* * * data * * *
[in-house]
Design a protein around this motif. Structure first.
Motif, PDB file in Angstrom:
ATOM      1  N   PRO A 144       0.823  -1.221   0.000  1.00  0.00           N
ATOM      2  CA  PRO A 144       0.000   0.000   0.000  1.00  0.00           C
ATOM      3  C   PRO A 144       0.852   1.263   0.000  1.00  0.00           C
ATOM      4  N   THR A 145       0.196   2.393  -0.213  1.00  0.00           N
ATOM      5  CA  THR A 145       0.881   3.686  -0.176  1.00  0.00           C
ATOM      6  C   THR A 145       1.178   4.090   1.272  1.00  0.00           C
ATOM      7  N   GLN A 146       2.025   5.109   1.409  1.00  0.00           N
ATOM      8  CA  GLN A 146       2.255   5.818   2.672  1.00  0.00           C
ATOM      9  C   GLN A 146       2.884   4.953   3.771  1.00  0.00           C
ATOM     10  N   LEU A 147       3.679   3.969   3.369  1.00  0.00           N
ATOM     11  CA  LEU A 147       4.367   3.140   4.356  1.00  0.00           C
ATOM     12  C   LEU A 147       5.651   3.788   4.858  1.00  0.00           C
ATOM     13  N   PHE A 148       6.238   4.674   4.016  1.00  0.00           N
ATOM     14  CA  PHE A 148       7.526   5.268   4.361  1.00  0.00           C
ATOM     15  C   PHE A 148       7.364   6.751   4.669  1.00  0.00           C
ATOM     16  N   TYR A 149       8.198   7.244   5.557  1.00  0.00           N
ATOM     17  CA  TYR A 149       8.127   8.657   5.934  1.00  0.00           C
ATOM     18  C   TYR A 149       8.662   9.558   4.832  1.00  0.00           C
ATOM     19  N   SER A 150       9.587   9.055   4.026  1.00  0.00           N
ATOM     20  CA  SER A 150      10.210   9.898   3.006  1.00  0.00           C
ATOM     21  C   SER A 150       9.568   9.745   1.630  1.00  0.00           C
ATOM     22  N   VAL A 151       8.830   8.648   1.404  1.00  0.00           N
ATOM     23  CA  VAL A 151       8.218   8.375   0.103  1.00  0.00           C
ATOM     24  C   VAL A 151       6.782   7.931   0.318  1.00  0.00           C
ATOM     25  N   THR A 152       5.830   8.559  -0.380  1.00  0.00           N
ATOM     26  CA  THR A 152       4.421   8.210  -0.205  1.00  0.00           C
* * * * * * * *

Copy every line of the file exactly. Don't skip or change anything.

[in-house]
Design a protein around this motif. Structure first.
Motif, PDB file in Angstrom:
ATOM      1  N   PRO A 144       0.823  -1.221   0.000  1.00  0.00           N
ATOM      2  CA  PRO A 144       0.000   0.000   0.000  1.00  0.00           C
ATOM      3  C   PRO A 144       0.852   1.263   0.000  1.00  0.00           C
ATOM      4  N   THR A 145       0.196   2.393  -0.213  1.00  0.00           N
ATOM      5  CA  THR A 145       0.881   3.686  -0.176  1.00  0.00           C
ATOM      6  C   THR A 145       1.178   4.090   1.272  1.00  0.00           C
ATOM      7  N   GLN A 146       2.025   5.109   1.409  1.00  0.00           N
ATOM      8  CA  GLN A 146       2.255   5.818   2.672  1.00  0.00           C
ATOM      9  C   GLN A 146       2.884   4.953   3.771  1.00  0.00           C
ATOM     10  N   LEU A 147       3.679   3.969   3.369  1.00  0.00           N
ATOM     11  CA  LEU A 147       4.367   3.140   4.356  1.00  0.00           C
ATOM     12  C   LEU A 147       5.651   3.788   4.858  1.00  0.00           C
ATOM     13  N   PHE A 148       6.238   4.674   4.016  1.00  0.00           N
ATOM     14  CA  PHE A 148       7.526   5.268   4.361  1.00  0.00           C
ATOM     15  C   PHE A 148       7.364   6.751   4.669  1.00  0.00           C
ATOM     16  N   TYR A 149       8.198   7.244   5.557  1.00  0.00           N
ATOM     17  CA  TYR A 149       8.127   8.657   5.934  1.00  0.00           C
ATOM     18  C   TYR A 149       8.662   9.558   4.832  1.00  0.00           C
ATOM     19  N   SER A 150       9.587   9.055   4.026  1.00  0.00           N
ATOM     20  CA  SER A 150      10.210   9.898   3.006  1.00  0.00           C
ATOM     21  C   SER A 150       9.568   9.745   1.630  1.00  0.00           C
ATOM     22  N   VAL A 151       8.830   8.648   1.404  1.00  0.00           N
ATOM     23  CA  VAL A 151       8.218   8.375   0.103  1.00  0.00           C
ATOM     24  C   VAL A 151       6.782   7.931   0.318  1.00  0.00           C
ATOM     25  N   THR A 152       5.830   8.559  -0.380  1.00  0.00           N
ATOM     26  CA  THR A 152       4.421   8.210  -0.205  1.00  0.00           C